Fecal incontinence is the inability to control your bowel movements, causing stool (feces) to leak unexpectedly from your rectum. Also called bowel incontinence, fecal incontinence ranges from an occasional leakage of stool while passing gas to a complete loss of bowel control in someone who is older than 4 years old.
Common causes of fecal incontinence include constipation, diarrhea, and muscle or nerve damage. Fecal incontinence may be due to a weakened anal sphincter associated with aging or to damage to the nerves and muscles of the rectum and anus from giving birth.
Generally, adults don’t experience fecal incontinence except perhaps during an occasional short-lived bout of diarrhea. But that’s not the case for people with recurring, or chronic, fecal incontinence. If you have fecal incontinence, you:
- Can’t control the passage of gas or stools, which may be liquid or solid, from your bowels
- May not be able to make it to the toilet in time.
For some people, including children, fecal incontinence is a relatively minor problem, limited to occasional soiling of their underwear. For others, the condition can be devastating due to a complete lack of bowel control.
Fecal incontinence may be accompanied by other bowel problems, such as:
- Gas and bloating
What are the treatment options?
The type of treatment depends on the cause and the severity of fecal incontinence. Treatments may include dietary changes, medications, special exercises or surgery.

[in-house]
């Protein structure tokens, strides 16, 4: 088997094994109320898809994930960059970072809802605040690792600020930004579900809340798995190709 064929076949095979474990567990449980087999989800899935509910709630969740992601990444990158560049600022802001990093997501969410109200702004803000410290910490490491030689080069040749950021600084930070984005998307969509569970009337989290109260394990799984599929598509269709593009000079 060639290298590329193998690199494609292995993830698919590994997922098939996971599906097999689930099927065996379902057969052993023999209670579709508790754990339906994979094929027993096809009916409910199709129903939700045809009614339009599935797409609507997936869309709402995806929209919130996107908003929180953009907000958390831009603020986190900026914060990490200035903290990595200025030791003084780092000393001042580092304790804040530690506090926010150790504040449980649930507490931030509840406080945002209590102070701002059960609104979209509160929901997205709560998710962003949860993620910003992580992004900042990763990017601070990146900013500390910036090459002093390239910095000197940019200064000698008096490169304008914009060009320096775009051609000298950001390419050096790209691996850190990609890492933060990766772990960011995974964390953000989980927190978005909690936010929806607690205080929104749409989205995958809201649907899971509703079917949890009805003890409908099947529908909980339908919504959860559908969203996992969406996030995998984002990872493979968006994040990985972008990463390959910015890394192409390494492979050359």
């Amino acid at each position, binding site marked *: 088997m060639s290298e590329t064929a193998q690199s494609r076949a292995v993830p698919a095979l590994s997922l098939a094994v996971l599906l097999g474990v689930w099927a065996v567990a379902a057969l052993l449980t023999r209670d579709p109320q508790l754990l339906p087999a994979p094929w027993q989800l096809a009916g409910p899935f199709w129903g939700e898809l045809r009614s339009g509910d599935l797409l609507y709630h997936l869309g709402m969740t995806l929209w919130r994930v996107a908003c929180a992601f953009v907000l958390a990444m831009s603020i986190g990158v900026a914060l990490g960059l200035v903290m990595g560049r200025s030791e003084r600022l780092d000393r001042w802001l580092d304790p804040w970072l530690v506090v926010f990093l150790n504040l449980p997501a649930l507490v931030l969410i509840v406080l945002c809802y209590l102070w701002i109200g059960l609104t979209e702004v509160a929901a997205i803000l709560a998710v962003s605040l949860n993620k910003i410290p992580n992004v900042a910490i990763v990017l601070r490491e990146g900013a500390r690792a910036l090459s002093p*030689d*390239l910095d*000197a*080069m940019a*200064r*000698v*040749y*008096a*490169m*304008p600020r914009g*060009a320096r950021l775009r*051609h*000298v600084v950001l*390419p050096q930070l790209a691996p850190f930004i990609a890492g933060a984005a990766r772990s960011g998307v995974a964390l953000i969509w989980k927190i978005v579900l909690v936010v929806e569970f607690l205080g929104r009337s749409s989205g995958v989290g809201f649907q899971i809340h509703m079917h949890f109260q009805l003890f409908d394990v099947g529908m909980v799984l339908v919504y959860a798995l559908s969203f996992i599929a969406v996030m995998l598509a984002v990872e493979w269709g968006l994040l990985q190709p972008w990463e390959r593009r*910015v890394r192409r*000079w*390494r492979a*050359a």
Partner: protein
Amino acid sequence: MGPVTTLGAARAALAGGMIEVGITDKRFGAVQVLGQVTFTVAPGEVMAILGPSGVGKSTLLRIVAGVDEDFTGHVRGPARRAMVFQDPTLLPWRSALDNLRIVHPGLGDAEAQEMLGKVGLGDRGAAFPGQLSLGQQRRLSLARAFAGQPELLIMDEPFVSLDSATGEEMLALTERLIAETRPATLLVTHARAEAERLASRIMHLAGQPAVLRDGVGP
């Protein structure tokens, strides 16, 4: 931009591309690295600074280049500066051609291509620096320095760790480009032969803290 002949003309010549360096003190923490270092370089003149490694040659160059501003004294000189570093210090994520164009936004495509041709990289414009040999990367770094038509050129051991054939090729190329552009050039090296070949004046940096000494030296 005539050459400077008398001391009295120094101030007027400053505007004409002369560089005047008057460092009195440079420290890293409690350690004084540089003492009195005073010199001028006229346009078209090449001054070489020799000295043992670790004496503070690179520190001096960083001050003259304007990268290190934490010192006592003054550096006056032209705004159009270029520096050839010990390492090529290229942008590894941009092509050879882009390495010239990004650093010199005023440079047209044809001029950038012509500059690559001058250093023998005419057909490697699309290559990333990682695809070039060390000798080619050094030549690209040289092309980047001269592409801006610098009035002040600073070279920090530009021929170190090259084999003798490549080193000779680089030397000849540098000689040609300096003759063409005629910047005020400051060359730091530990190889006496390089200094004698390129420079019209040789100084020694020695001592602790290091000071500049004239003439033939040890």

- Dietary changes: Your doctor may recommend changes to your diet to help improve your bowel movements. Foods that cause diarrhea and gas and worsen fecal incontinence include spicy, fatty and greasy foods, cured or smoked meat, carbonated beverages or dairy products (if you are lactose intolerant). Caffeine, sugar-free gum and diet soda can also act as a laxative. Keep a list of foods that seem to cause you problems and try to cut back on them to see if your incontinence improves.
- Bowel Training: Bowel training (biofeedback) helps people relearn how to control their bowel movements and may involve strengthening muscles or training the bowels to empty at a specific time of day. This is training is done at the Pelvic Floor Center.
- Medications: Depending on the cause of your fecal incontinence, your doctor may prescribe anti-diarrheals, stool softeners or bulk laxatives (Metamucil®, Citrucel®).
- Surgery: Surgery to repair the anal sphincter may be an option for people who have not responded to medications, dietary changes or bowel training. Artificial sphincter devices may also be recommended.
- Self Care: You can help avoid further discomfort by keeping the skin around your anus as clean and dry as possible. Gently wash the area with water after each bowel movement and dry thoroughly. Apply a moisture barrier cream to help keep your skin from having direct contact with stool (ask your doctor for recommendations). Wear cotton underwear and loose fitting clothing.
When to Seek Medical Advice:
You should see your doctor if you develop fecal incontinence. A number of tests are available to help diagnose the cause of the problem and determine the right treatment.